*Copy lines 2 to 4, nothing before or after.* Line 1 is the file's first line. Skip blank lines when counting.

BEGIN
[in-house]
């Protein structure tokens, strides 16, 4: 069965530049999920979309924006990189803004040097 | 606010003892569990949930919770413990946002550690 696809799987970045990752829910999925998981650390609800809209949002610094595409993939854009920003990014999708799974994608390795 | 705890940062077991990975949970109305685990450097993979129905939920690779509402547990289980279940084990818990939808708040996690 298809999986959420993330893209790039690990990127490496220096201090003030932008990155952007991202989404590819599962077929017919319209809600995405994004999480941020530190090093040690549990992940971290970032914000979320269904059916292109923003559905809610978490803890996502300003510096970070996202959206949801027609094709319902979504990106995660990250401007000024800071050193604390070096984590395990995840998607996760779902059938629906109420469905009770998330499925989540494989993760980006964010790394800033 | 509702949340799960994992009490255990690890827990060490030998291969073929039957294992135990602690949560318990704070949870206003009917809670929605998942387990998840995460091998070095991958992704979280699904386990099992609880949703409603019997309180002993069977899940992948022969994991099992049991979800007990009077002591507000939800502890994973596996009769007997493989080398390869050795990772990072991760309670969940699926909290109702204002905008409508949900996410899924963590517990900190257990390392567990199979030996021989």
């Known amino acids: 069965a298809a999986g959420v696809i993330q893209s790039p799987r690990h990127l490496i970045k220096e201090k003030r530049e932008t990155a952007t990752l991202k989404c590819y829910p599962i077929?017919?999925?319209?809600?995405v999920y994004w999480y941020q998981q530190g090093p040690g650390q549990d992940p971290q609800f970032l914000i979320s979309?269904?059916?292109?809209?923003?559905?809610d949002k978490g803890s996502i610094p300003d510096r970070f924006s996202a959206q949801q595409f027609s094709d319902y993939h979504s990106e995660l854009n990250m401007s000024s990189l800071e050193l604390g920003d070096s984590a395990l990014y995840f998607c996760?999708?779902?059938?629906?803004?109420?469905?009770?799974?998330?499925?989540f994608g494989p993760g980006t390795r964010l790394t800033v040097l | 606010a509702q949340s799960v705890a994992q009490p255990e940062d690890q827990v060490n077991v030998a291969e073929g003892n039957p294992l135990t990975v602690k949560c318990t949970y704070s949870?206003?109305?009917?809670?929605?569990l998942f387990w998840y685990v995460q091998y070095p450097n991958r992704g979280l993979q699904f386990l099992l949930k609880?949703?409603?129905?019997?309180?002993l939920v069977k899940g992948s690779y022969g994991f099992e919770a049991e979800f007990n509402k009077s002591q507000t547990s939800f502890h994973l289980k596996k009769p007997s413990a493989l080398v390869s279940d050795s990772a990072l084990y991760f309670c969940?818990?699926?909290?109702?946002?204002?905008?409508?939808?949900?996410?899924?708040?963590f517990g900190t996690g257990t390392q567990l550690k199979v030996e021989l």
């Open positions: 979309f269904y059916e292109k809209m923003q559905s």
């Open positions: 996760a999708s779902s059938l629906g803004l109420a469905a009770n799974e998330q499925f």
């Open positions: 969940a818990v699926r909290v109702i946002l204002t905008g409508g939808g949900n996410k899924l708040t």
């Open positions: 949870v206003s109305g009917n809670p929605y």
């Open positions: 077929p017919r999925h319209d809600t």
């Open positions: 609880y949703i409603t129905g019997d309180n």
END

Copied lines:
């Protein structure tokens, strides 16, 4: 069965530049999920979309924006990189803004040097 | 606010003892569990949930919770413990946002550690 696809799987970045990752829910999925998981650390609800809209949002610094595409993939854009920003990014999708799974994608390795 | 705890940062077991990975949970109305685990450097993979129905939920690779509402547990289980279940084990818990939808708040996690 298809999986959420993330893209790039690990990127490496220096201090003030932008990155952007991202989404590819599962077929017919319209809600995405994004999480941020530190090093040690549990992940971290970032914000979320269904059916292109923003559905809610978490803890996502300003510096970070996202959206949801027609094709319902979504990106995660990250401007000024800071050193604390070096984590395990995840998607996760779902059938629906109420469905009770998330499925989540494989993760980006964010790394800033 | 509702949340799960994992009490255990690890827990060490030998291969073929039957294992135990602690949560318990704070949870206003009917809670929605998942387990998840995460091998070095991958992704979280699904386990099992609880949703409603019997309180002993069977899940992948022969994991099992049991979800007990009077002591507000939800502890994973596996009769007997493989080398390869050795990772990072991760309670969940699926909290109702204002905008409508949900996410899924963590517990900190257990390392567990199979030996021989």
């Known amino acids: 069965a298809a999986g959420v696809i993330q893209s790039p799987r690990h990127l490496i970045k220096e201090k003030r530049e932008t990155a952007t990752l991202k989404c590819y829910p599962i077929?017919?999925?319209?809600?995405v999920y994004w999480y941020q998981q530190g090093p040690g650390q549990d992940p971290q609800f970032l914000i979320s979309?269904?059916?292109?809209?923003?559905?809610d949002k978490g803890s996502i610094p300003d510096r970070f924006s996202a959206q949801q595409f027609s094709d319902y993939h979504s990106e995660l854009n990250m401007s000024s990189l800071e050193l604390g920003d070096s984590a395990l990014y995840f998607c996760?999708?779902?059938?629906?803004?109420?469905?009770?799974?998330?499925?989540f994608g494989p993760g980006t390795r964010l790394t800033v040097l | 606010a509702q949340s799960v705890a994992q009490p255990e940062d690890q827990v060490n077991v030998a291969e073929g003892n039957p294992l135990t990975v602690k949560c318990t949970y704070s949870?206003?109305?009917?809670?929605?569990l998942f387990w998840y685990v995460q091998y070095p450097n991958r992704g979280l993979q699904f386990l099992l949930k609880?949703?409603?129905?019997?309180?002993l939920v069977k899940g992948s690779y022969g994991f099992e919770a049991e979800f007990n509402k009077s002591q507000t547990s939800f502890h994973l289980k596996k009769p007997s413990a493989l080398v390869s279940d050795s990772a990072l084990y991760f309670c969940?818990?699926?909290?109702?946002?204002?905008?409508?939808?949900?996410?899924?708040?963590f517990g900190t996690g257990t390392q567990l550690k199979v030996e021989l």
């Open positions: 979309f269904y059916e292109k809209m923003q559905s």